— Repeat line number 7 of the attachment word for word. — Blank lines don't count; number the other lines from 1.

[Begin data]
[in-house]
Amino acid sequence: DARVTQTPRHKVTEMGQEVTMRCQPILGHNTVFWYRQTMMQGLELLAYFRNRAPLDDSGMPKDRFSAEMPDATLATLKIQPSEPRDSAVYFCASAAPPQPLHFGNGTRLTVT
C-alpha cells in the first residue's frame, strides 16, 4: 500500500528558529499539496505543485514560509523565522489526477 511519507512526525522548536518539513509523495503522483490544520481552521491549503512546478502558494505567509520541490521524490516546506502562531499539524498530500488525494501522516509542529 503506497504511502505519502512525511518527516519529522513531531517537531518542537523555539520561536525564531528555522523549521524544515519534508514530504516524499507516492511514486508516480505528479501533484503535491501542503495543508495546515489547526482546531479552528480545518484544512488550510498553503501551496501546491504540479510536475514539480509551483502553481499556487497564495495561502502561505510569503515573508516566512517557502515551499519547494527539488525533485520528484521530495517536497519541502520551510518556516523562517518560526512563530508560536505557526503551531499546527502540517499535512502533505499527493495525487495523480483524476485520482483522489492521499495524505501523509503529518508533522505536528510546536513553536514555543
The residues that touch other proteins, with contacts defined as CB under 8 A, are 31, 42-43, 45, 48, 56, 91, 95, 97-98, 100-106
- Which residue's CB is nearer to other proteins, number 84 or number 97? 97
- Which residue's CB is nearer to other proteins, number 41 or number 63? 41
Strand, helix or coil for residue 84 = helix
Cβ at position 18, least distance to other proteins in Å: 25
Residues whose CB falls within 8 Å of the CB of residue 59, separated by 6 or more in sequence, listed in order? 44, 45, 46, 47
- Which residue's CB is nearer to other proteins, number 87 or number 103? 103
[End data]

Strand, helix or coil for residue 84 = helix